C# 6.0 Language Features – Declaration Expressions

Welcome to C# 6.0 language features article series. As you might have heard about Visual Studio 2015 and .Net framework 4.6 announcements in various Microsoft events earlier, one of the most exciting news was the next version of C# language, which is 6.0 and new features added to it. C# has come a long way since 2002 when C# 1.0 was released along with Visual Studio. Since then with every major release of .Net framework, C# became better and better language, which has tremendously helped application developers to minimize the code complexity and focus on business functionality. With the new version of .Net framework and Visual Studio around the corner, you can start learning new language features today using Visual Studio 2015 preview release. There are many useful features added to the language and I don’t know at the moment, how many articles I will write in this series, but it will probably something like this.

  1. Static using statements
  2. Auto property initializer
  3. Null conditional operator
  4. String interpolation
  5. nameof operator
  6. Declaration expressions – This article

Declaration Expressions

In most of the programming languages including C#, we always had declaration statements to declare variable and expressions to produce values. C# 6.0 introduces a new syntax to mix both declaration and expression; that means you can declare new variable and produce a value using an expression at the same time. Let’s understand it with few code examples –

The int.TryParse method requires an out parameter which returns the output of the expressions. Before C# 6.0, we had to declare the out variable first, before we can use it in an expression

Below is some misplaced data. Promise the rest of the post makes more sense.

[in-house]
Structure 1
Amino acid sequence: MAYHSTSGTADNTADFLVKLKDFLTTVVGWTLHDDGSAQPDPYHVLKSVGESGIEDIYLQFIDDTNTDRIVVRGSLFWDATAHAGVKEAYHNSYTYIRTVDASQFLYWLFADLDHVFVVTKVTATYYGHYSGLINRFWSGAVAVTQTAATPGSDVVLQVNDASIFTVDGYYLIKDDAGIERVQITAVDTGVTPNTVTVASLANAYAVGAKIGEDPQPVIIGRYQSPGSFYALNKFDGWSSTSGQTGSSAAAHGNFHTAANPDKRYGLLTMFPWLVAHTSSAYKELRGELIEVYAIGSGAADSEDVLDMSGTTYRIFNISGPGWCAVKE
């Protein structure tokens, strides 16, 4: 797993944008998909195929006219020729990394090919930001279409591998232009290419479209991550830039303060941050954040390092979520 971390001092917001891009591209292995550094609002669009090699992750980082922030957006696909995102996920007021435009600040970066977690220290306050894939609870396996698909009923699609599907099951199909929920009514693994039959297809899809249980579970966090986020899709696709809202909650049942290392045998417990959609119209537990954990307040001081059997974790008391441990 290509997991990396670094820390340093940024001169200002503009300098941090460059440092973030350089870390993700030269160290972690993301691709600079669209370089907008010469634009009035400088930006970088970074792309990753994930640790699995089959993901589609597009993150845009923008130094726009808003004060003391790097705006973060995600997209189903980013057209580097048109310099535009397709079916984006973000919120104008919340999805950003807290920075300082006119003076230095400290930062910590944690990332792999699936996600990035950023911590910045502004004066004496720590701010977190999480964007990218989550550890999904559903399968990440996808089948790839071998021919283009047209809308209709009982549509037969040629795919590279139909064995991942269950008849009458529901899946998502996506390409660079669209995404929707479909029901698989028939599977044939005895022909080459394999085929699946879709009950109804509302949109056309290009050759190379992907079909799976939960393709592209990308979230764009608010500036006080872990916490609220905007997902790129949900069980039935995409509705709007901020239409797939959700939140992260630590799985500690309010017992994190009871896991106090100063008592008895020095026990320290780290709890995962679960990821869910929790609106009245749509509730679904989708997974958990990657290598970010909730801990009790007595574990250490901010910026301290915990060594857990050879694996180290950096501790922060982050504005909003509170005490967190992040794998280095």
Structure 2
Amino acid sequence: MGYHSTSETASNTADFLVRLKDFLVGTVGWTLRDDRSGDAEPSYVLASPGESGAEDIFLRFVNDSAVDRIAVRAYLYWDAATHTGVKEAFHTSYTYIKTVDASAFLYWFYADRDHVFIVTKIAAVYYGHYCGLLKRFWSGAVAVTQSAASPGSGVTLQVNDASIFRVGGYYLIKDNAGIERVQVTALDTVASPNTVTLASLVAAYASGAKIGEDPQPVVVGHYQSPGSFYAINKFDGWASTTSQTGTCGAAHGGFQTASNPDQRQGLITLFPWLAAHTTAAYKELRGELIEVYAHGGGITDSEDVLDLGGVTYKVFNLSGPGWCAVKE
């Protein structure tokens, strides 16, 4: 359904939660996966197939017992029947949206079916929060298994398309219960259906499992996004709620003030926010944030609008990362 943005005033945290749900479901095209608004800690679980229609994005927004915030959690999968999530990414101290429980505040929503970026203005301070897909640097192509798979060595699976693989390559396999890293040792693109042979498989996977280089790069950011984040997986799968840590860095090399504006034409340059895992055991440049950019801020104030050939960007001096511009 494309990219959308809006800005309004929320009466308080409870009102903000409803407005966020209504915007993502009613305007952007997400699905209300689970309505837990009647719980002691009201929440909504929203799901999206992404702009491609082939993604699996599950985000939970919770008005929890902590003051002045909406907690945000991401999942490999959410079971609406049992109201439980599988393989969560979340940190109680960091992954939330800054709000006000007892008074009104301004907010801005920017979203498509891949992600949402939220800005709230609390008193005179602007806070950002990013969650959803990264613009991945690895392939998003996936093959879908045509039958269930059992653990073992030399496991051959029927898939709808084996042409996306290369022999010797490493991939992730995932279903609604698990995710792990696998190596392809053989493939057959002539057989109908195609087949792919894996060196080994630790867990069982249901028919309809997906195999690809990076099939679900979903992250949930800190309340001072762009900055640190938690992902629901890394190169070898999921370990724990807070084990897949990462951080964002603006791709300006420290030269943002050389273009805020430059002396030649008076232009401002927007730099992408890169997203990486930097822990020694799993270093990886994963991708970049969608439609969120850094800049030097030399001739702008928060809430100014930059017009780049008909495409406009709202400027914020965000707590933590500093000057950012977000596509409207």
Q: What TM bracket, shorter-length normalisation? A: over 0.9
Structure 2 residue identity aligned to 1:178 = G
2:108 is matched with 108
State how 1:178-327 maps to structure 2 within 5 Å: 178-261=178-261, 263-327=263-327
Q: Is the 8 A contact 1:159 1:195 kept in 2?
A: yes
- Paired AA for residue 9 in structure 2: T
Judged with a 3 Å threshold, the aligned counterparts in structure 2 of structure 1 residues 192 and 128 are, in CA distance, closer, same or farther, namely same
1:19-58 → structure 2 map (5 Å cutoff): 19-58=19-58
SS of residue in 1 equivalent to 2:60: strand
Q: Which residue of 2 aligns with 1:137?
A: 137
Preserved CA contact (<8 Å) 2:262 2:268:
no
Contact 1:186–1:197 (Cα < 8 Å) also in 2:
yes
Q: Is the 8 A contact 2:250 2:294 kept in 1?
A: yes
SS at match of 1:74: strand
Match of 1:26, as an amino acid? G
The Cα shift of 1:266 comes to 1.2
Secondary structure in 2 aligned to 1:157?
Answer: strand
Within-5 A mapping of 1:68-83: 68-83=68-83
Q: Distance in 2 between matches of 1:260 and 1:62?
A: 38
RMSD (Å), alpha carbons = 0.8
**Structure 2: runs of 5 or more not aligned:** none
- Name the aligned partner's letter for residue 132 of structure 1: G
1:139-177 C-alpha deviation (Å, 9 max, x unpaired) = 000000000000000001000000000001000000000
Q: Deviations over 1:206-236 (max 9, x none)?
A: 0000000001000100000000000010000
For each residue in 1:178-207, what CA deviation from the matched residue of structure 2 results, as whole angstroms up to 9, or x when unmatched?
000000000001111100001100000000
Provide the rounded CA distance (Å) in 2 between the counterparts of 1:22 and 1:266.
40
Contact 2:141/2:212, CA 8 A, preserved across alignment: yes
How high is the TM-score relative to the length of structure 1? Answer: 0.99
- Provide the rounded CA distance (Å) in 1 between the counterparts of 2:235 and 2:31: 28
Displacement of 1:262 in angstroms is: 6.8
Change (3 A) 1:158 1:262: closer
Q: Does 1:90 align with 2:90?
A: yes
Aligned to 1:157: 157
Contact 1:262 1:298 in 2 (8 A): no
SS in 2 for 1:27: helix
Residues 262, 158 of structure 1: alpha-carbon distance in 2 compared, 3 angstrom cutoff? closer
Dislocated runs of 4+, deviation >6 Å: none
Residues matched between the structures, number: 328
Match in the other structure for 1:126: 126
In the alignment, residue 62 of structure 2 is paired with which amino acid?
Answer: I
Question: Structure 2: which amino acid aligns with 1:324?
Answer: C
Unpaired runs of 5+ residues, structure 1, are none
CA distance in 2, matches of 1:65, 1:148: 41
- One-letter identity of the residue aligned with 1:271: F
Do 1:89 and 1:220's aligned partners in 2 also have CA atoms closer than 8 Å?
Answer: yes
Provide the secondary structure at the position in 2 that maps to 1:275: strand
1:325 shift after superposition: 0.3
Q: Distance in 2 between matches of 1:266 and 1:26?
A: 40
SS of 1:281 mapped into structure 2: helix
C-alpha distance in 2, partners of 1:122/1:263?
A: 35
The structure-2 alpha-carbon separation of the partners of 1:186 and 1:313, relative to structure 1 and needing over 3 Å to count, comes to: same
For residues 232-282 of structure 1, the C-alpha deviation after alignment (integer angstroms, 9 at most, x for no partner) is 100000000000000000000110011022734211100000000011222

int result;
if(int.TryParse(input, out result))
{
    return result;
}
return 0; 

With C# 6.0, same result can be achieved using single statement as shown below

if (int.TryParse(input, out var result))
{
    return result;
}
return 0;

You can also use declaration expressions to declare variable inside an if statement

if ((var firstName = user.FirstName) != null)
{
    return user;
}

…and in lambda expression

int result = 0;
foreach (var n in var odd = numbers.Where(n => n % 2 == 1).ToList())
{ 
    result += n + odd.Count();
}
return result;

Although it’s a small feature, it can be handy in few scenarios.

1 Comment

  1. Tech Nibbles 05 Jul, 2015 - codetails · July 5, 2015 Reply

    […] C# 6.0 Language Features – Declaration Expressions Welcome to C# 6.0 language features article series. As you might have heard about Visual Studio 2015 and .Net framework 4.6 announcements in various Microsoft events earlier, one of the most exciting news was the next version of C# language, which is 6.0 and new features added to it. More: http://prasadhonrao.com/c-6-0-language-features-declaration-expressions/ […]

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